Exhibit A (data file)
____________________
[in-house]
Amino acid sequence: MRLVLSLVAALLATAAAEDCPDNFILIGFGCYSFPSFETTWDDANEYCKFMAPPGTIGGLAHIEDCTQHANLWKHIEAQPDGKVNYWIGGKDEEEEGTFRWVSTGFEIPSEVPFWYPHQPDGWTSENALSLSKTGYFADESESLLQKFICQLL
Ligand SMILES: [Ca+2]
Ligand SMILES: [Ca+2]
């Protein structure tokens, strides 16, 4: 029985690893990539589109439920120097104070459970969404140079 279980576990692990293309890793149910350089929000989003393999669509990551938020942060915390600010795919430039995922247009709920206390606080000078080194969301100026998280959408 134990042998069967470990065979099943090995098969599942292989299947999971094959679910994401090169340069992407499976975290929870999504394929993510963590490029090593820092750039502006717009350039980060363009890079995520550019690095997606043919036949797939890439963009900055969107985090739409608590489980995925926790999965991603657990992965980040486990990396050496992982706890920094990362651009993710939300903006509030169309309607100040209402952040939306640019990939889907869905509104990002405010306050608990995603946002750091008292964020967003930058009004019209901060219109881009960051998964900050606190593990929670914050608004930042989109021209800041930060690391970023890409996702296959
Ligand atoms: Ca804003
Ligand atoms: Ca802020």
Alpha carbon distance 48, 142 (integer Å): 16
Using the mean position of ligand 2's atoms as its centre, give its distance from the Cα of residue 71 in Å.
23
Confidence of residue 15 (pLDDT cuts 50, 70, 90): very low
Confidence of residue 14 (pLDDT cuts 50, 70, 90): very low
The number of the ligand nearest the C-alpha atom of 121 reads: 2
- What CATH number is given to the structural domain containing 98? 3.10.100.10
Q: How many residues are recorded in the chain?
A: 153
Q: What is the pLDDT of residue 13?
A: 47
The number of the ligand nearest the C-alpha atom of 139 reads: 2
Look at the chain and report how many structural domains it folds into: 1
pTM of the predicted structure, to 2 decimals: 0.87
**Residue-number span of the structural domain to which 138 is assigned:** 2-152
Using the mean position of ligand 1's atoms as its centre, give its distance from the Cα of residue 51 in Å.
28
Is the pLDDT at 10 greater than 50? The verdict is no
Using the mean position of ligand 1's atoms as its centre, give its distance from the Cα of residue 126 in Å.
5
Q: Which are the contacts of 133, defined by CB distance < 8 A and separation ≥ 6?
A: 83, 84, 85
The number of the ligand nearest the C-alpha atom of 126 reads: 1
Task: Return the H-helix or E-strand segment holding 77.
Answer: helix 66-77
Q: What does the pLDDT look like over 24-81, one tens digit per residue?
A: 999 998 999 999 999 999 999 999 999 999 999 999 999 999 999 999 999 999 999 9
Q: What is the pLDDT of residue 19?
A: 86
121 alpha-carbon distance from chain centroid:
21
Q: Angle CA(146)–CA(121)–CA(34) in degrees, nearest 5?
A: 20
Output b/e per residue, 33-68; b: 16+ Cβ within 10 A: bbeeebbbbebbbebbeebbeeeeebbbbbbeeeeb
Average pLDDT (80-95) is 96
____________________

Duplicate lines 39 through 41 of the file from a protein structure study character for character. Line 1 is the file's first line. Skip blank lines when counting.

Q: Angle CA(146)–CA(121)–CA(34) in degrees, nearest 5?
A: 20
Output b/e per residue, 33-68; b: 16+ Cβ within 10 A: bbeeebbbbebbbebbeebbeeeeebbbbbbeeeeb